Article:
Winter can be a difficult time of year for many people living with seasonal depression. As the days get shorter and colder, it can be hard to keep motivated and stay on top of recovery. For those recovering from addiction, winter can present an even greater challenge. The combination of seasonal depression and sobriety (not to mention the holidays) can make the winter months seem especially daunting. However, it is possible to manage both seasonal depression and sobriety. You can beat the winter blues and stay sober through the cold months with the right coping strategies.
The first few weeks after you’ve completed a substance abuse program can be emotionally and physically challenging. Many of the things you’ve been doing for so long may seem bizarre and unnatural to you. However, as challenging as it may seem, staying structured is one of the most important things you can do in recovery. Without structure, your recovery is much more likely to be temporary and unstable. Here are some helpful tips on how to stay organized while in recovery from a substance use disorder.
Pets can be a source of tremendous comfort to people. When people feel loved and supported, they are more likely to recover from a substance use disorder. That’s why pet therapy programs exist – they offer pet owners an opportunity to provide care, compassion, and love to those who need it most. In today’s article, we will explore the benefits of pet therapy in recovery and how program participants may benefit from the experience.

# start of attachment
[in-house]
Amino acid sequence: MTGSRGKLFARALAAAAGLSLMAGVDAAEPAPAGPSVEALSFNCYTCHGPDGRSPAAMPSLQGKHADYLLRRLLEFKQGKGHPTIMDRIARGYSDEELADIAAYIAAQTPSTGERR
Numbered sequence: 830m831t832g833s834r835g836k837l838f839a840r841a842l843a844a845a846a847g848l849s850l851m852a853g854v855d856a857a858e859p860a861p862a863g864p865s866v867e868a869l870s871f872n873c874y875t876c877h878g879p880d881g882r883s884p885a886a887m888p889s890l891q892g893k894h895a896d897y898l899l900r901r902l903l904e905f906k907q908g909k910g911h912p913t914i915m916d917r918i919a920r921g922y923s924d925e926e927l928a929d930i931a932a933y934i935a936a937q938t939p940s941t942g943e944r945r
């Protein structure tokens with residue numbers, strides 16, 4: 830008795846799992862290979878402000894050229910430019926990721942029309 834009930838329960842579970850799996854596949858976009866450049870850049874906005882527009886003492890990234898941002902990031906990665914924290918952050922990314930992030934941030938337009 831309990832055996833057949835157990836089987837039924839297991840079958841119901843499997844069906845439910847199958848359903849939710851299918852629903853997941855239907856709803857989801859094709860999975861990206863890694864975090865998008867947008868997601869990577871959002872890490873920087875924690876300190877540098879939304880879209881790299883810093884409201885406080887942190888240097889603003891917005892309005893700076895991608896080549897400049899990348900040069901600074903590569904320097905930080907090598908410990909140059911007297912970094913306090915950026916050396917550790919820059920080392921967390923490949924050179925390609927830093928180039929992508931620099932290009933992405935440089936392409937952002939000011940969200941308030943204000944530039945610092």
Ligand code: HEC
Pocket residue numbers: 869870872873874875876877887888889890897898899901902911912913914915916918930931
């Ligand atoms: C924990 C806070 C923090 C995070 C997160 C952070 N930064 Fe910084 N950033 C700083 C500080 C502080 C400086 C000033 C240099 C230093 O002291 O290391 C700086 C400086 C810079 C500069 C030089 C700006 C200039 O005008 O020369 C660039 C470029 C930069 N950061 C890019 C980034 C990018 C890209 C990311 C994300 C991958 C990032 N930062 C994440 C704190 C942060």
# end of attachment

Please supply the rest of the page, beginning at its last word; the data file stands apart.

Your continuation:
Sober living isn’t just about abstaining from alcohol and other substances. It’s a lifestyle that encompasses many different aspects of your life. For example, it can help you make better decisions, keep you stress-free, and even improve your physical health. If you’re ready to start living an active sober lifestyle, read on for more information.
The Thanksgiving holiday is a time when friends and family come together to give thanks for all the wonderful things in their lives. But it also holds the potential to be a challenging time for anyone who struggles with alcohol addiction or any other type of substance use. If you are sober, staying that way during this holiday can be very difficult. Here are some tips on how to stay sober during the Thanksgiving holiday: